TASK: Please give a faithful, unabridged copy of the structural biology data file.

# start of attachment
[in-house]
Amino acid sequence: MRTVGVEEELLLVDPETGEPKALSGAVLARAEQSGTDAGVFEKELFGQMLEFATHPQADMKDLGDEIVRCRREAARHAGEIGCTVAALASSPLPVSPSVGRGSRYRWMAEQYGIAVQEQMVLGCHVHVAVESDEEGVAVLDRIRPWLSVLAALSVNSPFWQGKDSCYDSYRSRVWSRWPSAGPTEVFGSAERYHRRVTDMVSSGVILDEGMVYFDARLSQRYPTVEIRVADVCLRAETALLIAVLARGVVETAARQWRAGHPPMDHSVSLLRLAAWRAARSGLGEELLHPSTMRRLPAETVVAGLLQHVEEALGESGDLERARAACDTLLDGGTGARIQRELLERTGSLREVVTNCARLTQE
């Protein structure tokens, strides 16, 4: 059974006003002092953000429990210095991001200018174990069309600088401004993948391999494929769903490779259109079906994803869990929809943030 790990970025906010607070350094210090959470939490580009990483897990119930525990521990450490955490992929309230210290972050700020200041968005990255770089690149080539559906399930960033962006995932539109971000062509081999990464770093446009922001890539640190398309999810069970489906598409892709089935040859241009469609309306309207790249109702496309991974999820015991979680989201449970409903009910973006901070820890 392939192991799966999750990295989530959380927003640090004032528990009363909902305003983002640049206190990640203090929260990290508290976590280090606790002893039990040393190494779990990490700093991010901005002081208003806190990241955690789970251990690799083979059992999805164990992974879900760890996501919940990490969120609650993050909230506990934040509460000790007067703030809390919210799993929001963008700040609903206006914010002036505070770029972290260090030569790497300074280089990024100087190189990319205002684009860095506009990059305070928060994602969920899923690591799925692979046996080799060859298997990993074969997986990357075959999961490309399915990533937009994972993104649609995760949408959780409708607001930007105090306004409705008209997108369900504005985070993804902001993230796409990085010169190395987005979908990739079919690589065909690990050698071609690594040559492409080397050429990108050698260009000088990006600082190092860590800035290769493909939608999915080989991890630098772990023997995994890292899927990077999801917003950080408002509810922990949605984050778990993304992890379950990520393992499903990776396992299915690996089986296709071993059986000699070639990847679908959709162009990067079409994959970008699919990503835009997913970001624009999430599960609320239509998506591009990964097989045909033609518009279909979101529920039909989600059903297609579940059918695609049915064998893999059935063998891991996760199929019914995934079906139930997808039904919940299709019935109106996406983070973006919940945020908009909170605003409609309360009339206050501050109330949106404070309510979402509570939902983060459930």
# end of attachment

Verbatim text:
[in-house]
Amino acid sequence: MRTVGVEEELLLVDPETGEPKALSGAVLARAEQSGTDAGVFEKELFGQMLEFATHPQADMKDLGDEIVRCRREAARHAGEIGCTVAALASSPLPVSPSVGRGSRYRWMAEQYGIAVQEQMVLGCHVHVAVESDEEGVAVLDRIRPWLSVLAALSVNSPFWQGKDSCYDSYRSRVWSRWPSAGPTEVFGSAERYHRRVTDMVSSGVILDEGMVYFDARLSQRYPTVEIRVADVCLRAETALLIAVLARGVVETAARQWRAGHPPMDHSVSLLRLAAWRAARSGLGEELLHPSTMRRLPAETVVAGLLQHVEEALGESGDLERARAACDTLLDGGTGARIQRELLERTGSLREVVTNCARLTQE
């Protein structure tokens, strides 16, 4: 059974006003002092953000429990210095991001200018174990069309600088401004993948391999494929769903490779259109079906994803869990929809943030 790990970025906010607070350094210090959470939490580009990483897990119930525990521990450490955490992929309230210290972050700020200041968005990255770089690149080539559906399930960033962006995932539109971000062509081999990464770093446009922001890539640190398309999810069970489906598409892709089935040859241009469609309306309207790249109702496309991974999820015991979680989201449970409903009910973006901070820890 392939192991799966999750990295989530959380927003640090004032528990009363909902305003983002640049206190990640203090929260990290508290976590280090606790002893039990040393190494779990990490700093991010901005002081208003806190990241955690789970251990690799083979059992999805164990992974879900760890996501919940990490969120609650993050909230506990934040509460000790007067703030809390919210799993929001963008700040609903206006914010002036505070770029972290260090030569790497300074280089990024100087190189990319205002684009860095506009990059305070928060994602969920899923690591799925692979046996080799060859298997990993074969997986990357075959999961490309399915990533937009994972993104649609995760949408959780409708607001930007105090306004409705008209997108369900504005985070993804902001993230796409990085010169190395987005979908990739079919690589065909690990050698071609690594040559492409080397050429990108050698260009000088990006600082190092860590800035290769493909939608999915080989991890630098772990023997995994890292899927990077999801917003950080408002509810922990949605984050778990993304992890379950990520393992499903990776396992299915690996089986296709071993059986000699070639990847679908959709162009990067079409994959970008699919990503835009997913970001624009999430599960609320239509998506591009990964097989045909033609518009279909979101529920039909989600059903297609579940059918695609049915064998893999059935063998891991996760199929019914995934079906139930997808039904919940299709019935109106996406983070973006919940945020908009909170605003409609309360009339206050501050109330949106404070309510979402509570939902983060459930």